On Riker’s Island, where the Exam is performed, they all come together to show that they’re mage enough to keep their magic. And much shenanigans are had.

This was a fairly fast-paced novel, which kept my interest well into the wee hours of the morning. It’s well written, and had characters that I definitely cheered for. Finn is good people, especially given that he’s willing to risk his life and his magical skill in order to prove himself worthy of it in the first place. Rocío was easy to cheer for as well. I wanted her to win all the things and prove the Confederation wrong about who is worthy and who isn’t.

The Confederation and their Examiners who are giving this test started out as the obvious antagonist but as the story went on and the Exam became more and more dangerous, the institution became almost comically evil. It has this in common with the Hunger Games, except that this book takes place in more-or-less our world in our time, so, it went a little more over-the-top than I thought was necessary to get the point across that the Confed are monstrous and must be stopped. The idea is to make some of these kids into magical super-soldiers, which is fine as a premise but they go from relatively normal American teenagers (except magical) with no combat training to pretty much a battle royale to the death in the space of 3 days or so.

The magic system was interesting. It seems to be based largely around music or prose, but it varies in language from person to person, depending on what they’ve learned over the years. Finn often casts spells seemingly off the top of his head using a poem, or a song lyric, or a few words in Latin or Greek, as long as the intent is there, it’ll (usually) work. I can’t really imagine a world of mages wherein all mages would have to have… well, perhaps not perfect pitch, but enough musical skill that they could cast a spell properly, but it works without singing as well. Some people get away with humming to cast spells.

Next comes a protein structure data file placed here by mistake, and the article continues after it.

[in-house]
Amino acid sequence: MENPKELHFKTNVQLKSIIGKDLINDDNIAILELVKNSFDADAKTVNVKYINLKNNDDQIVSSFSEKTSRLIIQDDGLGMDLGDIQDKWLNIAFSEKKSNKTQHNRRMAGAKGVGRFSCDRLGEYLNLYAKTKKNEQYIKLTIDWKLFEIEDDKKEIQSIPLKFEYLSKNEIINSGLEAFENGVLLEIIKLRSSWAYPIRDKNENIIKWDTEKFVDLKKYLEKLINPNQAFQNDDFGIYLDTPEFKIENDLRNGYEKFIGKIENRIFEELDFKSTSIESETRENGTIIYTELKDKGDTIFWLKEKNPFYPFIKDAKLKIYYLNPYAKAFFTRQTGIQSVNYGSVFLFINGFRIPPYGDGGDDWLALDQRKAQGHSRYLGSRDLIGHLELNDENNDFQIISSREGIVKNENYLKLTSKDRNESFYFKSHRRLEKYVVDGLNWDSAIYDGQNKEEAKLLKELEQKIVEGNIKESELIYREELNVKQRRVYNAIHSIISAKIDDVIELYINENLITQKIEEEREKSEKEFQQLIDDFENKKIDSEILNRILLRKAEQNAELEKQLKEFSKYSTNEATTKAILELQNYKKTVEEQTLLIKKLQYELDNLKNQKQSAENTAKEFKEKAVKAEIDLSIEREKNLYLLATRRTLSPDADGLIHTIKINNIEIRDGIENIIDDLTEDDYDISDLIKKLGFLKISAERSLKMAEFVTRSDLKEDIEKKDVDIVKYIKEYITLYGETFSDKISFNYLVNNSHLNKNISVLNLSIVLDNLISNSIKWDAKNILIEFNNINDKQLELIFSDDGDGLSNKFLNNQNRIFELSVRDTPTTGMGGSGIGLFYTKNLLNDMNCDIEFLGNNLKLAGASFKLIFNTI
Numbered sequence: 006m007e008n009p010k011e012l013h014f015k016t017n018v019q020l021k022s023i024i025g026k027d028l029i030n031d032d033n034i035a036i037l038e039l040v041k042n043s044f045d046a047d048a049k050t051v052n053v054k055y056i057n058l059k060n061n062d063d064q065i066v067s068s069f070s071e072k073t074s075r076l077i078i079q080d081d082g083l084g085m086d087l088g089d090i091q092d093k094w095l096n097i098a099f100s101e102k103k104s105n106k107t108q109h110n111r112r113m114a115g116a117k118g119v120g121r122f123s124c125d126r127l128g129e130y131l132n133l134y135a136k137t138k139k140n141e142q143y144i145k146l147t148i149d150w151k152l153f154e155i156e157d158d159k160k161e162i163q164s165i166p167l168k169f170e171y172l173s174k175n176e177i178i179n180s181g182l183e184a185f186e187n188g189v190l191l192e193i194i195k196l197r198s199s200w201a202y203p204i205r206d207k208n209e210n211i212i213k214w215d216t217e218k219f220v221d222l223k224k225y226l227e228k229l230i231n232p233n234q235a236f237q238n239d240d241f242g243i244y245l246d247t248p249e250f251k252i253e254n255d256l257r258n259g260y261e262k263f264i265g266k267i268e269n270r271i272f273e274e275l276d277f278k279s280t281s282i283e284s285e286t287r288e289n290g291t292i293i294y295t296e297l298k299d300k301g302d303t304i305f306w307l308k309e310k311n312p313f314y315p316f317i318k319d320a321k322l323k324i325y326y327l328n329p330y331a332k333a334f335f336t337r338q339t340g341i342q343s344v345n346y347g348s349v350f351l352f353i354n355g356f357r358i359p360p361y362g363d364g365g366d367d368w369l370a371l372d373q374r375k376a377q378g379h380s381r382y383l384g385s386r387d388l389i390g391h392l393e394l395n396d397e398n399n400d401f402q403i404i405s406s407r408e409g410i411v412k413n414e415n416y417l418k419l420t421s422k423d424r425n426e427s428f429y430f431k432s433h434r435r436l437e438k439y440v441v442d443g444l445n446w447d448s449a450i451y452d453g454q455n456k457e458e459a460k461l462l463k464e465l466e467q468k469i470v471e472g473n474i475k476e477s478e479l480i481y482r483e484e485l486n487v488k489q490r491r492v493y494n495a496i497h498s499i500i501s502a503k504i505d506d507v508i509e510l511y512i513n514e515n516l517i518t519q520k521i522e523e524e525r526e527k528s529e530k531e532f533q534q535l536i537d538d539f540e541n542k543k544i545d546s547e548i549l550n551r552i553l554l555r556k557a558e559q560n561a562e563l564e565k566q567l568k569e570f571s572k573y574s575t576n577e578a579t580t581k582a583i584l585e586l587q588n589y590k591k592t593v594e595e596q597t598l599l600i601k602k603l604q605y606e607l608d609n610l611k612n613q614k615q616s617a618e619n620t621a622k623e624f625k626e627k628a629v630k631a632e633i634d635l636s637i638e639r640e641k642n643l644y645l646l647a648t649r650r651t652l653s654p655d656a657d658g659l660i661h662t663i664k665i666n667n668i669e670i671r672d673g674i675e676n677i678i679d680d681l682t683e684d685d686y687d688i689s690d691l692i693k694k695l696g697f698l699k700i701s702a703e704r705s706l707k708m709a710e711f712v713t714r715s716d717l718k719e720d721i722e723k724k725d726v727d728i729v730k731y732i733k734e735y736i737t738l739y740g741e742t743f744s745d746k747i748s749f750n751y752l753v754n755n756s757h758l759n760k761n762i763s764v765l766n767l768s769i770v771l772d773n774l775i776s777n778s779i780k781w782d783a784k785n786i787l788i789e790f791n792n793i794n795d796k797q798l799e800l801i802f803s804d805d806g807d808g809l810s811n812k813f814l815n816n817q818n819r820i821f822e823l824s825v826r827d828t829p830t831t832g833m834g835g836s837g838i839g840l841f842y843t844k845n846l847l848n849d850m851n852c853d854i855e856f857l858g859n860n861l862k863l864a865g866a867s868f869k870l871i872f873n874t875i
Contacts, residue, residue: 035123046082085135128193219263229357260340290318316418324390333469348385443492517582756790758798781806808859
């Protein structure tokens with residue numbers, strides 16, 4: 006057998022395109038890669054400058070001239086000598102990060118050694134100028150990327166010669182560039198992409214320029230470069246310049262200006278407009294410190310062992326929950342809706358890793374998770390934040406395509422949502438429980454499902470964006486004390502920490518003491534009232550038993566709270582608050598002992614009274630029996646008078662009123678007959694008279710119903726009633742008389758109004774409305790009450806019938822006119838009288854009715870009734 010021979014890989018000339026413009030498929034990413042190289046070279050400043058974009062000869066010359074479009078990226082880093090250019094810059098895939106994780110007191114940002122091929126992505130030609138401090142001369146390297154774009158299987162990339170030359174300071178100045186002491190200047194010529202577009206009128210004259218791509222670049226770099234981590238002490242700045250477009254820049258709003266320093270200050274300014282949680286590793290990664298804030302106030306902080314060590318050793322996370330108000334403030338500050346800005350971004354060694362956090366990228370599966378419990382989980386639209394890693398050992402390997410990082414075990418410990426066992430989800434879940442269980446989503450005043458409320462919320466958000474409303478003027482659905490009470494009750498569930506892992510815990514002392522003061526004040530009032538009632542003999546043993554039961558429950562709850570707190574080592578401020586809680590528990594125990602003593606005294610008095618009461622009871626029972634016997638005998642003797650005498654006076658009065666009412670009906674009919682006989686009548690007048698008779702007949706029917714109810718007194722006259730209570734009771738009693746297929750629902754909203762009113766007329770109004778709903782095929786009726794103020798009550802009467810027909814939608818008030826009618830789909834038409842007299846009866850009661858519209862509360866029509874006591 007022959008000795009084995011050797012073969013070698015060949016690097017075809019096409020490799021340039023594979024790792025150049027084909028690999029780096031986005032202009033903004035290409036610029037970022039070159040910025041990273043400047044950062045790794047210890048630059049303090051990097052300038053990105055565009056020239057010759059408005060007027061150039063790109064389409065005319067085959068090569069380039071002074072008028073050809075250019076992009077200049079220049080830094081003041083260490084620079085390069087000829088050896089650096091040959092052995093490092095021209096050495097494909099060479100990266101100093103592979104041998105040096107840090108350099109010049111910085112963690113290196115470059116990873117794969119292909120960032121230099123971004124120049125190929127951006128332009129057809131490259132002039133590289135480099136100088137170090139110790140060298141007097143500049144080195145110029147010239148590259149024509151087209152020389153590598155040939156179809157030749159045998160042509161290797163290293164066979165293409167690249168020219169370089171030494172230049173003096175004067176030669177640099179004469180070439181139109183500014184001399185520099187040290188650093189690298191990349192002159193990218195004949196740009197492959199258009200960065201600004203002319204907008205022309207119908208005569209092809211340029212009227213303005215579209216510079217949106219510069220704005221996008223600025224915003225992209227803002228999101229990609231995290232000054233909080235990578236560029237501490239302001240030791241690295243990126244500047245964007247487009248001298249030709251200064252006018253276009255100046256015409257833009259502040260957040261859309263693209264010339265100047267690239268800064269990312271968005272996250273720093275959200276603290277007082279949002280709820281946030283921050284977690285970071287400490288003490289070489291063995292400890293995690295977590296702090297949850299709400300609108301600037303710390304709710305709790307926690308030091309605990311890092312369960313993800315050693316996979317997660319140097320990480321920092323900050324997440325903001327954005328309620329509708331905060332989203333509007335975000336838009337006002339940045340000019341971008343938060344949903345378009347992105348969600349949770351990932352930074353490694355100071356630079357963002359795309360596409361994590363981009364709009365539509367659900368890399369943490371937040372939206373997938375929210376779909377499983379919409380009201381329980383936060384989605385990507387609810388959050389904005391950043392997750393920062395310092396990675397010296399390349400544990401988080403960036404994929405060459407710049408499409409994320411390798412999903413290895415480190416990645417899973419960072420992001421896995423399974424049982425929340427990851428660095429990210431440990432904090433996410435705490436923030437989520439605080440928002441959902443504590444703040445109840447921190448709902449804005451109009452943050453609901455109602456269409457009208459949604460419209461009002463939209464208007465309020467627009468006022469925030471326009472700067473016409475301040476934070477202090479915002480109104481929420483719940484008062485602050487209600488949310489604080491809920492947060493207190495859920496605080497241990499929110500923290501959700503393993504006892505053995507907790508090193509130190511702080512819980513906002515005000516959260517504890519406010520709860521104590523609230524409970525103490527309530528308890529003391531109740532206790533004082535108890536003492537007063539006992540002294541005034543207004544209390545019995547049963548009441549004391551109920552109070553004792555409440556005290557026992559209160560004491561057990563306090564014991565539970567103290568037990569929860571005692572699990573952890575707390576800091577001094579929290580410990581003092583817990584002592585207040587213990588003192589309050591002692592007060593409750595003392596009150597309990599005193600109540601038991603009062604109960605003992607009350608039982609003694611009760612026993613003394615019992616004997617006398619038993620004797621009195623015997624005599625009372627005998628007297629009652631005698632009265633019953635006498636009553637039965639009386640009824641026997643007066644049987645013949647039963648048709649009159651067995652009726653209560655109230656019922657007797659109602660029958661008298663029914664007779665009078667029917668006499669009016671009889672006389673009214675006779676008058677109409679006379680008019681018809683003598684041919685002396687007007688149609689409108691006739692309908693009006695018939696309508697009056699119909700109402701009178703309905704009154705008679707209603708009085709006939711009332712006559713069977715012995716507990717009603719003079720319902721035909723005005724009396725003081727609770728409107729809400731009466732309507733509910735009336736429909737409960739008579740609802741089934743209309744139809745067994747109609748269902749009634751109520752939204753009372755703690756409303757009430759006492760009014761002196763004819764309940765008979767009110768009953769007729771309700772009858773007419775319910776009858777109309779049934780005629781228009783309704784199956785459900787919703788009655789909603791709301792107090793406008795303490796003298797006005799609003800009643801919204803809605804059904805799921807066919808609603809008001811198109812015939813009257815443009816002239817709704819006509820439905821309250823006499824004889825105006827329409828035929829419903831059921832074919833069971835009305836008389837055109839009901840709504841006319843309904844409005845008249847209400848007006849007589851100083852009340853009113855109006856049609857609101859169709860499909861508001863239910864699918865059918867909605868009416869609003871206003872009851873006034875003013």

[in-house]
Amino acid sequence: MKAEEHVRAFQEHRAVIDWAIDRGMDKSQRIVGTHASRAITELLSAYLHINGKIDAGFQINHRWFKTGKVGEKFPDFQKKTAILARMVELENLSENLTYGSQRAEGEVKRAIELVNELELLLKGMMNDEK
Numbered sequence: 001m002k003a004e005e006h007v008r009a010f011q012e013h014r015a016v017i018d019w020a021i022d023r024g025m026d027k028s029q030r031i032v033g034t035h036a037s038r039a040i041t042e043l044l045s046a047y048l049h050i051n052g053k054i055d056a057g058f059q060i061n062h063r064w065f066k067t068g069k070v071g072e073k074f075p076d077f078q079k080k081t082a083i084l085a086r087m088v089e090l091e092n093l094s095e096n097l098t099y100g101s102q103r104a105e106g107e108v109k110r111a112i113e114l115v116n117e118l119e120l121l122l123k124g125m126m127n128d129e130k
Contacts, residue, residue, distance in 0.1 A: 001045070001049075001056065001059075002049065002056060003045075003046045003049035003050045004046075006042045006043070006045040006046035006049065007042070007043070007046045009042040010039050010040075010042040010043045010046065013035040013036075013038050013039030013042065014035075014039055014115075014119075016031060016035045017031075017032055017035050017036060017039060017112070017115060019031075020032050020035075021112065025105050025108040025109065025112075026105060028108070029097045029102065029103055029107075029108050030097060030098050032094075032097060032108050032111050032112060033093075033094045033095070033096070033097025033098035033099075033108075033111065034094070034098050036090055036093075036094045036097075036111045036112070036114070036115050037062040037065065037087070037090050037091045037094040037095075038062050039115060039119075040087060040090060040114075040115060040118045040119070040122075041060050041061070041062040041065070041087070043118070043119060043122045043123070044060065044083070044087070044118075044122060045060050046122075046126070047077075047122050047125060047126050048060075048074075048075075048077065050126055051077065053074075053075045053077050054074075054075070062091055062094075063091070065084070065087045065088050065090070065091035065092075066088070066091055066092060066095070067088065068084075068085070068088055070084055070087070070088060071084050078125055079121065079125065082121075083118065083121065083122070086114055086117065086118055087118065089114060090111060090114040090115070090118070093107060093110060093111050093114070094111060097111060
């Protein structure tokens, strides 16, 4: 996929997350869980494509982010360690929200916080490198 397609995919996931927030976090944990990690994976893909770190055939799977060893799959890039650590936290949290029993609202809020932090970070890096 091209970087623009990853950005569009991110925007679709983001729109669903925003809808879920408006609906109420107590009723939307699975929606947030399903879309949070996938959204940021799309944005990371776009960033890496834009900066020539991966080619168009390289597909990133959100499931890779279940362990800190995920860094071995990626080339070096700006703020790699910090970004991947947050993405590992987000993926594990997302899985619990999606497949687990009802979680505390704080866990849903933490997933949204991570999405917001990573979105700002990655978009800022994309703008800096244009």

It had some romance in it, too, which was rather adorable at times. Finn and Rocío are cute together, and their cooperation to get through the exam despite being from different backgrounds was a nice counter to some of the more horrible events that began to happen as the book went on. I’m interested to see where this story goes past this novel, so here’s hoping that reading the sequel is in my future at some point. 😀

The word ‘chantment is used a lot in this book (like a lot). And every time it came up, part of me was like ENCHANTMENT?!?!?! – so, yeah. ^_^

All told, it was a pretty quick read that was well written and well edited. An interesting magic system combined with characters that I could root for and want to see win against an antagonist that was very, very obviously worth winning against made for an engaging and entertaining read. 7/10 stars! (This is just my score, not the final score for Team Weatherwax).